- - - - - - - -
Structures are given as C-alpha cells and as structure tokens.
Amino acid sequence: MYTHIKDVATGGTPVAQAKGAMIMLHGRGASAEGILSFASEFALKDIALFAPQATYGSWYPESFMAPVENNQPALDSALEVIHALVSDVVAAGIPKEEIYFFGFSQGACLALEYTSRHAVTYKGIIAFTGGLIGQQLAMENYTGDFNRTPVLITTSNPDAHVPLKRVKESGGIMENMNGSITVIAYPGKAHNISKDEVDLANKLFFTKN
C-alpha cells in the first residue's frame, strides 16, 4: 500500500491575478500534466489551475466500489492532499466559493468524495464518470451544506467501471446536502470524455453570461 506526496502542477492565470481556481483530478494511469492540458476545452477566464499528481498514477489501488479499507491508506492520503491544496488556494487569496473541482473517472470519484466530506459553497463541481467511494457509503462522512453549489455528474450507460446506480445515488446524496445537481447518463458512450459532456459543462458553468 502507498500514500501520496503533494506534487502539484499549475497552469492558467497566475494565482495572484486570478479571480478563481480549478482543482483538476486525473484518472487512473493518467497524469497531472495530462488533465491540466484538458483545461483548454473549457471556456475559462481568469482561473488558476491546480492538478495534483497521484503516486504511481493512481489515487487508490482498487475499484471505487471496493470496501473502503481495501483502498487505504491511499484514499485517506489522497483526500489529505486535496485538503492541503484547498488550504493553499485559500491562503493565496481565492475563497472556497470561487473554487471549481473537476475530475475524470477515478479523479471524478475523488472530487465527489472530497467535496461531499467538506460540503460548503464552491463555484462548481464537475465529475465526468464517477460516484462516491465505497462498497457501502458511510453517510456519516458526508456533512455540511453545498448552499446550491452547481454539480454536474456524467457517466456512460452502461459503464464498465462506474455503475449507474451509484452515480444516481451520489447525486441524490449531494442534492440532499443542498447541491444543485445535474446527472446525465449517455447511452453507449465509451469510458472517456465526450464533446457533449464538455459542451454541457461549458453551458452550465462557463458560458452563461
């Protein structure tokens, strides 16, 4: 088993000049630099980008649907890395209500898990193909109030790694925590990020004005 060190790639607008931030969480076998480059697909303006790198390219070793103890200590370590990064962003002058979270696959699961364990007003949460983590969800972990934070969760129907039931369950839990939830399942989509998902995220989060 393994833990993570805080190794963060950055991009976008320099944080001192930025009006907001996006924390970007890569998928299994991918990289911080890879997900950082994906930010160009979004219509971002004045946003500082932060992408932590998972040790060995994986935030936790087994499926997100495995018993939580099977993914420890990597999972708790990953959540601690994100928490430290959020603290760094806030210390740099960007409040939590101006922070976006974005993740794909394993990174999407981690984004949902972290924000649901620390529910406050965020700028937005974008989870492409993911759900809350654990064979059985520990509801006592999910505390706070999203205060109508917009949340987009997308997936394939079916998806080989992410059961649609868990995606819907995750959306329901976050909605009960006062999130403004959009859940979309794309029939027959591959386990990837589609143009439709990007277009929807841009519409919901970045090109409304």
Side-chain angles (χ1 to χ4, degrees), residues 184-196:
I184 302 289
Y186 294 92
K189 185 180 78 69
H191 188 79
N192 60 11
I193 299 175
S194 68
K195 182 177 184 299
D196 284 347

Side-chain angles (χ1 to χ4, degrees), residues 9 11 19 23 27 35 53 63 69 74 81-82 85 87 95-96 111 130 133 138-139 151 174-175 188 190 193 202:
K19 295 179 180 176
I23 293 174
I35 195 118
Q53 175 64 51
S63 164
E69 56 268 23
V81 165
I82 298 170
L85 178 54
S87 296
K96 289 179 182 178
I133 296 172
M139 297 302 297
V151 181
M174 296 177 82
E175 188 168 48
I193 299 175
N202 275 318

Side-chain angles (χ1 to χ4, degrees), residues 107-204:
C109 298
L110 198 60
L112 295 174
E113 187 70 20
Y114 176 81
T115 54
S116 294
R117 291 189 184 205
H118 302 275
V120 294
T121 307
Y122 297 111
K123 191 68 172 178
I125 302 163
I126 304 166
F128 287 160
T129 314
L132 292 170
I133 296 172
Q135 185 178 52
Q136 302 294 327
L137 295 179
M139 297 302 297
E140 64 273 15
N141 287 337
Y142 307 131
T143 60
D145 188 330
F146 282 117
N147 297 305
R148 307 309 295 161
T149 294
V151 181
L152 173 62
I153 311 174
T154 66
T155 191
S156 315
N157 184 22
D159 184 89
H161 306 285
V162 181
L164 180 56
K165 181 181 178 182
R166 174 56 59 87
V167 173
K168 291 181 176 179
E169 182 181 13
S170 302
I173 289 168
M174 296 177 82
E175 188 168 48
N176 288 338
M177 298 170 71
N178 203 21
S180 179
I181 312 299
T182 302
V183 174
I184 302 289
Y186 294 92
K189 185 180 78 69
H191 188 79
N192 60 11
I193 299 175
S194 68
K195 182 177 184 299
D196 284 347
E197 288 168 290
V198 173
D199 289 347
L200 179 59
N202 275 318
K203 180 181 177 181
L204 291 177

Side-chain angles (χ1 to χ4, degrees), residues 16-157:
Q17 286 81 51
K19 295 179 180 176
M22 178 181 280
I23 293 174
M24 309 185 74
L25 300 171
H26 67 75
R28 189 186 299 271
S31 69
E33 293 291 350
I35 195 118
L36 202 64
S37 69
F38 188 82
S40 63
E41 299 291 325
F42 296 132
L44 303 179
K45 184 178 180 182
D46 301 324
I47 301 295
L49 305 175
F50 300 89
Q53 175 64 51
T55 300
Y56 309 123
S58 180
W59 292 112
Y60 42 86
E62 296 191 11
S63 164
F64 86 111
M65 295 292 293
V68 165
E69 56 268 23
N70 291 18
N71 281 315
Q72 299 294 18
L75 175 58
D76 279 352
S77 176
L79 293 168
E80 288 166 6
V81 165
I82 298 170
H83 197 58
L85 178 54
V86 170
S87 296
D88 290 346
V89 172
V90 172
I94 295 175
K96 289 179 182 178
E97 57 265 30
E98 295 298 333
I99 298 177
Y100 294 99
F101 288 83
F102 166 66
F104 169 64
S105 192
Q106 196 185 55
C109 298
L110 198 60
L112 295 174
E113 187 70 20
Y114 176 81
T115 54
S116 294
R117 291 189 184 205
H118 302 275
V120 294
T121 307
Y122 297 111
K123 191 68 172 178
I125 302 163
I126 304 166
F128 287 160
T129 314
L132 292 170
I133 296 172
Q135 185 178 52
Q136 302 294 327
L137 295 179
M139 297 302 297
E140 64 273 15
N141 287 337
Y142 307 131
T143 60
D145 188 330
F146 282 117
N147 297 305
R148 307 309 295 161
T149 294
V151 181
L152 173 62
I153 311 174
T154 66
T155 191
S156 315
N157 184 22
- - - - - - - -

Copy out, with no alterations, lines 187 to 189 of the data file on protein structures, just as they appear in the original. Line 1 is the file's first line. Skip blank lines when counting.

I125 302 163
I126 304 166
F128 287 160